To estimate this spending response, we exploit variation in exposure to the reform using an empirical method called difference-in-differences. We compare private business owners with high dividend income as a share of gross income before the reform with other wealthy households who received no dividend income before the reform. Our treated owners thus received a large share of their income from dividends, implying that the introduction of a dividend tax should affect their behavior. In contrast, in our control group, dividend income plays a much smaller role.

Figure 1b shows the main result. Spending of our treated owners increased in 2003- 2005 before declining after the dividend tax was introduced in 2006. The spending increase before the reform is consistent with an intertemporal substitution above unity. In the paper, we also present a structural model of workers and capitalists to provide an estimate of the value of the elasticity of intertemporal substitution. We find that the spending response is consistent with an elasticity of intertemporal substitution close to 2.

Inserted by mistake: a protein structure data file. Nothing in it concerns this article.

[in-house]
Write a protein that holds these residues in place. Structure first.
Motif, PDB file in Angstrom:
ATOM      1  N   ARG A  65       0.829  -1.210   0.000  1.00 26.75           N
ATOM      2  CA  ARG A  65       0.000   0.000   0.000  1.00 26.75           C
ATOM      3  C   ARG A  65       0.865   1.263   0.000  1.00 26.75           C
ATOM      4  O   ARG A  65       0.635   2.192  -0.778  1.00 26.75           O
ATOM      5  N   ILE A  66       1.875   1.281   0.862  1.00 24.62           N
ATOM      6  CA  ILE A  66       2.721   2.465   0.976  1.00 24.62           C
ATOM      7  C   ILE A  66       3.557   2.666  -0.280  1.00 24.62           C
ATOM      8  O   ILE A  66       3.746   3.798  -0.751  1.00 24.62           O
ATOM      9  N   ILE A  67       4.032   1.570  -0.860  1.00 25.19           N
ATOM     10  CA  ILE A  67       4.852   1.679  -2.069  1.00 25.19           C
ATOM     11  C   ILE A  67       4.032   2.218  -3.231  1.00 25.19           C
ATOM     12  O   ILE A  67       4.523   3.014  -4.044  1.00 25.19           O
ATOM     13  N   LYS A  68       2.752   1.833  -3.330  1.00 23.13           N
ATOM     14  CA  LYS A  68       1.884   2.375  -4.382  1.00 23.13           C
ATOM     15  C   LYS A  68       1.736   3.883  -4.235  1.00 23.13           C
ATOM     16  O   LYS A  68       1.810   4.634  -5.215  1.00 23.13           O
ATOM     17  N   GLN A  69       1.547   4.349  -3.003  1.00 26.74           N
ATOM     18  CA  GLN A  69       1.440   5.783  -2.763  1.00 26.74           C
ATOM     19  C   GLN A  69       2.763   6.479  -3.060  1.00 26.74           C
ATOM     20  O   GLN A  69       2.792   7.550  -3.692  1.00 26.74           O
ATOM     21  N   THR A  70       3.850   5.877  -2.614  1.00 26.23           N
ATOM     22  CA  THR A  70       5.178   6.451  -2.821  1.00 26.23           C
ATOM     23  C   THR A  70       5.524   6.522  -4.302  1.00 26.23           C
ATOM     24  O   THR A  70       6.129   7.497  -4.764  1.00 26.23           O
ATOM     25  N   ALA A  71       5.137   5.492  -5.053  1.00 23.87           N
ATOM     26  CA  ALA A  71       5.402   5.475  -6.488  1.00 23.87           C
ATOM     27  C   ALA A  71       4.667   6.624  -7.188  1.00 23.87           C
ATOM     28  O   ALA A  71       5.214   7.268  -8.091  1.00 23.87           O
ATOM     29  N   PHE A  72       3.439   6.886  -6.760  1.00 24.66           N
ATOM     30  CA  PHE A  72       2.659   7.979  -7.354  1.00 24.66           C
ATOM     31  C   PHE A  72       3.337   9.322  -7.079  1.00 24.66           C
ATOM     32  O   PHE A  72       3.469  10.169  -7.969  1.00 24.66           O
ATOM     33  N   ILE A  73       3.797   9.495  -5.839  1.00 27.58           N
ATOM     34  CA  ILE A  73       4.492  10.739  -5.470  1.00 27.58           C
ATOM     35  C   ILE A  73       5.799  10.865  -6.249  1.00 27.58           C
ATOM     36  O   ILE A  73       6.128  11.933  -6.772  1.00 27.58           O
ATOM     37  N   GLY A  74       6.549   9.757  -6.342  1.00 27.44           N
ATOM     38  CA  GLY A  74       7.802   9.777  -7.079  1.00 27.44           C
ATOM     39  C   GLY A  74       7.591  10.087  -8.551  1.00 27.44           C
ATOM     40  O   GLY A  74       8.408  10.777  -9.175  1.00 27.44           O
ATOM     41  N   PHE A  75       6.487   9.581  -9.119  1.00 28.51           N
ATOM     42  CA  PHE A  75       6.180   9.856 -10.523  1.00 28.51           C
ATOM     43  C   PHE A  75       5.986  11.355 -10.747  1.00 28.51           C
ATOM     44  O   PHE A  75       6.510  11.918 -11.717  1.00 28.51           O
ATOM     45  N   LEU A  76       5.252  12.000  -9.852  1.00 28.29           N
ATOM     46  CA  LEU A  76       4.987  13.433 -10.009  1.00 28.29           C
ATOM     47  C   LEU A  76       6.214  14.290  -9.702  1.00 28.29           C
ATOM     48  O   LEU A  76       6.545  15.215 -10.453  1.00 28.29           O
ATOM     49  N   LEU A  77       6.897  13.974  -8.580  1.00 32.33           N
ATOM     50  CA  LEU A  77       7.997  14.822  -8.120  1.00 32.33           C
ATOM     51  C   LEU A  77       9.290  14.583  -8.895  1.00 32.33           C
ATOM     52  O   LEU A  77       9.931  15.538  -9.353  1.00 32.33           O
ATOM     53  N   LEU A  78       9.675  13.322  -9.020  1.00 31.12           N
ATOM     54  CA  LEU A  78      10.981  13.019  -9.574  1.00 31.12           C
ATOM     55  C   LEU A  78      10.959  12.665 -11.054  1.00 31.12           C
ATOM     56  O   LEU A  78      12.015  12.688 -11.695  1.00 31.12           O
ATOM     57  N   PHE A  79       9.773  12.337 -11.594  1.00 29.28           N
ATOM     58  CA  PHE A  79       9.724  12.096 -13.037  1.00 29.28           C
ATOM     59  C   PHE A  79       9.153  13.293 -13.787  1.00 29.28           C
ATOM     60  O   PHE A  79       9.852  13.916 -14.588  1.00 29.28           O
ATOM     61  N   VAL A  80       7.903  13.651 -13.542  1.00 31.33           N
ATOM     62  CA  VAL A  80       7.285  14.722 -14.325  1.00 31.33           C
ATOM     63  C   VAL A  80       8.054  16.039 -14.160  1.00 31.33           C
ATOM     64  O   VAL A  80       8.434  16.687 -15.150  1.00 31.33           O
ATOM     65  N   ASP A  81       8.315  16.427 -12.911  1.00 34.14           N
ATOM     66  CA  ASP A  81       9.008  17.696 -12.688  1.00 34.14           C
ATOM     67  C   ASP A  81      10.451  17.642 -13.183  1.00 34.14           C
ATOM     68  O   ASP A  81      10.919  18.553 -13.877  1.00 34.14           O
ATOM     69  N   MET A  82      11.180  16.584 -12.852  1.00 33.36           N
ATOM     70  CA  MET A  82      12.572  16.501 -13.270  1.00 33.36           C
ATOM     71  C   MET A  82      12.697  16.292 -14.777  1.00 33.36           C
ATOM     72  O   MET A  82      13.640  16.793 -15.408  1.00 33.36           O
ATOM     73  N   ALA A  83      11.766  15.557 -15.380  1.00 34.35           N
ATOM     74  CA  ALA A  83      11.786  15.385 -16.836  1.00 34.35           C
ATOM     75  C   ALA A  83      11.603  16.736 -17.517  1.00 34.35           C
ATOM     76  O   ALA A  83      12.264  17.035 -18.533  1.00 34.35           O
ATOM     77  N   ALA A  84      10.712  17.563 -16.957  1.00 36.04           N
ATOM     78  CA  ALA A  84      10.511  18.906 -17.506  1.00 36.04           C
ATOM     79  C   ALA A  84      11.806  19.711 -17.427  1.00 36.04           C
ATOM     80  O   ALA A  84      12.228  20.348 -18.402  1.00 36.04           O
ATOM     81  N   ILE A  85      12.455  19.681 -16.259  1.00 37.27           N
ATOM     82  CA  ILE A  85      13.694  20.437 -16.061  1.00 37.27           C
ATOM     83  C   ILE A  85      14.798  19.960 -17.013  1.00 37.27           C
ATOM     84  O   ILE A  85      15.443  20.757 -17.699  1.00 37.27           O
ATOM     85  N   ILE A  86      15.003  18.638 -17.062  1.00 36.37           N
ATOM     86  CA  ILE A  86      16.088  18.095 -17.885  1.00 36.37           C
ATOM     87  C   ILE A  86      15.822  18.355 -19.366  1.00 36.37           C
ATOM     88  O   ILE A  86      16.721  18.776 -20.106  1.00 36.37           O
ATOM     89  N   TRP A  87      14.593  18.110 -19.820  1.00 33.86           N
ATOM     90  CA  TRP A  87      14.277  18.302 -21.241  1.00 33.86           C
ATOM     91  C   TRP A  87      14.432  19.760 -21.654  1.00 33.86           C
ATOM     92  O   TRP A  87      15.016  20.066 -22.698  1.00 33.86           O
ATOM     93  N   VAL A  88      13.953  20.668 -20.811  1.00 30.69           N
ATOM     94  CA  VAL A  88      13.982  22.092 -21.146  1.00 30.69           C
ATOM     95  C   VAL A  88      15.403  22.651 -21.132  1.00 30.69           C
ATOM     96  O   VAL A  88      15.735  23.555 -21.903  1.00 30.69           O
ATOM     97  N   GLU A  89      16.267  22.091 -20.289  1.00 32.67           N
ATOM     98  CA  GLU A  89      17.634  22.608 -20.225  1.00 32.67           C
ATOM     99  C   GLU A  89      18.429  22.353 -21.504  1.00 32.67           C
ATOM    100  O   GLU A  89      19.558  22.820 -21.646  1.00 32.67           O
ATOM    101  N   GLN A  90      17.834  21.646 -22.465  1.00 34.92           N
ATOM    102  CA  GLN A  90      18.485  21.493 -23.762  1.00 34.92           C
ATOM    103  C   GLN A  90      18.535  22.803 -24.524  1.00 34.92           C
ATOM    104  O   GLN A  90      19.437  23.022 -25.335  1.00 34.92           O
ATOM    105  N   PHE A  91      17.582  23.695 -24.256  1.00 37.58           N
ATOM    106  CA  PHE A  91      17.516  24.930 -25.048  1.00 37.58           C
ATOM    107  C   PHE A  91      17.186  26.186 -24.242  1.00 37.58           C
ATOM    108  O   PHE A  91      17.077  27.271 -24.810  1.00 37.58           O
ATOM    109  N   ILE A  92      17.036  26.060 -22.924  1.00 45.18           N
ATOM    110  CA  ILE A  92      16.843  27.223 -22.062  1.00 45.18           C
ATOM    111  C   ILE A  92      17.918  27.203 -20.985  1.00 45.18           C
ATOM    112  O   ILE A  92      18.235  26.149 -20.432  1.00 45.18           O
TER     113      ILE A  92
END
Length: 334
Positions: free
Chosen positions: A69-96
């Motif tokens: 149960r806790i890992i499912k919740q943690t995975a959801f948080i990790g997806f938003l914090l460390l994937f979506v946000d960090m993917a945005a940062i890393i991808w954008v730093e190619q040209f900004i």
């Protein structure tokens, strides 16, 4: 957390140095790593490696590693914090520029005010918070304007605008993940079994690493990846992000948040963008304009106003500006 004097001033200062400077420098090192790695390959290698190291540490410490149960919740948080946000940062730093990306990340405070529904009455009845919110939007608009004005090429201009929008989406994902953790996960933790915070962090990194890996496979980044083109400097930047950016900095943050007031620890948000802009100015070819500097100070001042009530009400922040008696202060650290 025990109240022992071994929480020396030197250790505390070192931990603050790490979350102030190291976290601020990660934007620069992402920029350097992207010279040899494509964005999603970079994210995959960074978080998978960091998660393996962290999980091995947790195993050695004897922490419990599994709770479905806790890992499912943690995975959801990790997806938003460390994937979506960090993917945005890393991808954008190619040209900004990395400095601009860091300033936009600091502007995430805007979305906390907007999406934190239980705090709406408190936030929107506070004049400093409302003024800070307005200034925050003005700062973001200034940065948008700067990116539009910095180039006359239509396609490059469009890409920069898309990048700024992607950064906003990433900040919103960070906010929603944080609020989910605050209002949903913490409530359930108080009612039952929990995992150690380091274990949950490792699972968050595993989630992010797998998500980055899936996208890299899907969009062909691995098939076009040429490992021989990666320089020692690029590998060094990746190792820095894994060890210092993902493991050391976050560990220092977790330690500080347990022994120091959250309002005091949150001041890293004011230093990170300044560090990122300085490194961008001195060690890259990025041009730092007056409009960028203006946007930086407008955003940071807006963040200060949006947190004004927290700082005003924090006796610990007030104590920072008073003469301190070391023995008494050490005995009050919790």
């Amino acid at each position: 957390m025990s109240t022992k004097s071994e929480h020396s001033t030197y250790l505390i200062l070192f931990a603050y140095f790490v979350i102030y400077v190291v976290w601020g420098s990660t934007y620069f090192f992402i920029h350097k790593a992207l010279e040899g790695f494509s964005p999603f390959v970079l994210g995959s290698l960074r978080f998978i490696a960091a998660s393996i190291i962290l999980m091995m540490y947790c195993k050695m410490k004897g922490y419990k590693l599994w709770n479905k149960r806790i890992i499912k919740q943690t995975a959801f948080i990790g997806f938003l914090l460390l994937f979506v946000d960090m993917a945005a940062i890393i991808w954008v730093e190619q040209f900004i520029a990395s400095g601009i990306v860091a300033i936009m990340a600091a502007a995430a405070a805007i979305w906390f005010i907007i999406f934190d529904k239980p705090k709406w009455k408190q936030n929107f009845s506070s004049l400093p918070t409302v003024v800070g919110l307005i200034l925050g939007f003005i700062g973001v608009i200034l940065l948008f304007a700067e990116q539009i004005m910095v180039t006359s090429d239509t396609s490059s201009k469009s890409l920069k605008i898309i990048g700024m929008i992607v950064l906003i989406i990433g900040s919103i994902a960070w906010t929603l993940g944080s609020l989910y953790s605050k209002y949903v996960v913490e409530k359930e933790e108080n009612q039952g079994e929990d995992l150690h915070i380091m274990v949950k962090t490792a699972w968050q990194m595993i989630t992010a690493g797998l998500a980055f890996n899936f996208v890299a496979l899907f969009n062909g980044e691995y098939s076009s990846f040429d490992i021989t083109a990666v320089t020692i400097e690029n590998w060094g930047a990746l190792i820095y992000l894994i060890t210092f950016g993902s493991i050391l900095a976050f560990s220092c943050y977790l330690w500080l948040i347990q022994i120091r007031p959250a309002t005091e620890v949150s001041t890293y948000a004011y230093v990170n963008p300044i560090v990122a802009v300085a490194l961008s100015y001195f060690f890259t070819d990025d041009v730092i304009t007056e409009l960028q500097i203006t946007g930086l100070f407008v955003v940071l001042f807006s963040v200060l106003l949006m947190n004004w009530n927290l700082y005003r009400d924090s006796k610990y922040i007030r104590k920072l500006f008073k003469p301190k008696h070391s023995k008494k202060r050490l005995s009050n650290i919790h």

Overall, our paper brings new evidence for the value of the elasticity of intertemporal substitution in the population of business owners and also sheds light on the real economic effects of dividend tax reforms. Our high estimate of the EIS suggests that capital owners may be more responsive to capital income taxation than previously thought.


Flynn, Joel P, Lawrence DW Schmidt, and Alexis Akira Toda, “Robust comparative statics for the elasticity of intertemporal substitution,” Theoretical Economics, 2023, 18 (1), 231–265.

Holm, M.B., Jamilov, R., Jasinski, M. and Nenov, P., 2024. Estimating the elasticity of intertemporal substitution using dividend tax news shocks. Working paper. 

Straub, Ludwig and Iva´n Werning, “Positive long-run capital taxation: Chamley-Judd revisited,” American Economic Review, 2020, 110 (1), 86–119.